When I heard that Intelligence Squared U.S. — which stages high-profile, Oxford-style debates — was going to take on genetically modified foods, I sighed, deleted the notification, and then forgot about it.
Debates on this issue don’t work very well. They tend to devolve into loud repetition of tribal mantras. This doesn’t beget a civil discussion that allows the audience to see both sides deconstruct or defend their talking points. It’s usually about as enlightening as listening to two groups of howler monkeys defending their turf. (Howler monkeys are sometimes called the loudest animal in the world, but I’m pretty sure that we are.)
Nonetheless, I tuned in for part of this debate last night and was wonderfully surprised. Arguing for genetic engineering were Robb Fraley, Monsanto’s CTO, and Alison Van Eenennaam, a scientist at UC Davis. Arguing for more caution on genetic engineering were Chuck Benbrook, a scientist at Washington State University, and Mardi Mellon, former senior scientist at the Union of Concerned Scientists. I’ve talked to, and respect, all these people. It was a good panel.
The moderator, John Donvan, pulled off a small miracle in crowd control, cutting off participants when they strayed from the point. The result was that each side actually had to concede those points that their opponents had gotten right, rather than making a swift lateral move to another subject. Bill Nye asked the panel a question on how long we’d need to test GE seeds to really understand the ecosystem-wide effects; paired with a follow-up from an audience member, that led to some interesting answers.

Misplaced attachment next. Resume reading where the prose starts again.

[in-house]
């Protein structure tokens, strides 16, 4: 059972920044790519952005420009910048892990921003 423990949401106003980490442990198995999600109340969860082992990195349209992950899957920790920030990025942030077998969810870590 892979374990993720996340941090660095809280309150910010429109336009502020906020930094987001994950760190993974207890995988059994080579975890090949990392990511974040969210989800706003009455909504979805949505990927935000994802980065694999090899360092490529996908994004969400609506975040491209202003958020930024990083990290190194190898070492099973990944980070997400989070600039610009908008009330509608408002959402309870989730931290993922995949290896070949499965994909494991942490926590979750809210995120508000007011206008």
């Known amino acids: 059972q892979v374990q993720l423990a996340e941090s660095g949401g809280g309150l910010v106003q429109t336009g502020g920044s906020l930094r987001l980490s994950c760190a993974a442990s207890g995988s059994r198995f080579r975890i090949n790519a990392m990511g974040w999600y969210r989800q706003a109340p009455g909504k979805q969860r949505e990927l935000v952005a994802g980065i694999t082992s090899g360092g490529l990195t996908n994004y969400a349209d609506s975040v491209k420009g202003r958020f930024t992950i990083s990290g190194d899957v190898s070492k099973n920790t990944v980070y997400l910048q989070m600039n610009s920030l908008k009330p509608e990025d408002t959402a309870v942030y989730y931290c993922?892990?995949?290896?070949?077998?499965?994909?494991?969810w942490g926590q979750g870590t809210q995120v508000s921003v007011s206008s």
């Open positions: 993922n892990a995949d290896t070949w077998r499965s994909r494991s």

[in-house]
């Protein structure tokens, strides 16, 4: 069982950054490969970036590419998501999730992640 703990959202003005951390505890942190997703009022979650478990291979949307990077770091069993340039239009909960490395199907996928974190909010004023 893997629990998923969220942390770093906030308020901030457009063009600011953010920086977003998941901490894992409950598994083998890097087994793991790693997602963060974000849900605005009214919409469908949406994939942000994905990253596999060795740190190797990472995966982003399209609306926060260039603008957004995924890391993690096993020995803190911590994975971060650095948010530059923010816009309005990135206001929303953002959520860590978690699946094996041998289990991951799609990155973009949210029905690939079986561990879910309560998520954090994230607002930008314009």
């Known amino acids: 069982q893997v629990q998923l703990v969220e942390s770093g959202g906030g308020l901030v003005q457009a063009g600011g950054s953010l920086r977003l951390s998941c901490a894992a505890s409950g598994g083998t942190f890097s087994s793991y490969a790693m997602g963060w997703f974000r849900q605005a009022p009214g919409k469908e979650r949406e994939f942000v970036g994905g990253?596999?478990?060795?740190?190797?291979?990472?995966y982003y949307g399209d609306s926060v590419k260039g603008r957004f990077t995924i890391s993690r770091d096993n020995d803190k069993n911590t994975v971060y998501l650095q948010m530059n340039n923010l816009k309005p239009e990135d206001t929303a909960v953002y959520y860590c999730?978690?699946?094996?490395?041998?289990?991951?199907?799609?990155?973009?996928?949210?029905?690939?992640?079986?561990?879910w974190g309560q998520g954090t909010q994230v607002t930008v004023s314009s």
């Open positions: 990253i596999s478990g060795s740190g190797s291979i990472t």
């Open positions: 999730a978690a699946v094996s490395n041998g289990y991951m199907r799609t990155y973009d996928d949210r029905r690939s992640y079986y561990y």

I’m happy to be able to recommend this debate as a primer on the subject. I actually learned a thing or two.
More stories in this series:
If we look past the rhetoric on both sides and review the science with an open mind and a skeptical eye, surely we can arrive at some trustworthy conclusions. Right?
Advocates say genetically modified crops are regulated like crazy. Critics say they are totally unregulated. We hack our way through this rhetorical impasse.
Those of us who are suspicious of GMOs need to come to grips with the ways that the risks of gene-splicing resemble those of old-school agronomy.
Where you come down on nature — cradle or battlefield? — shapes how you think about the risks of genetically modified food.
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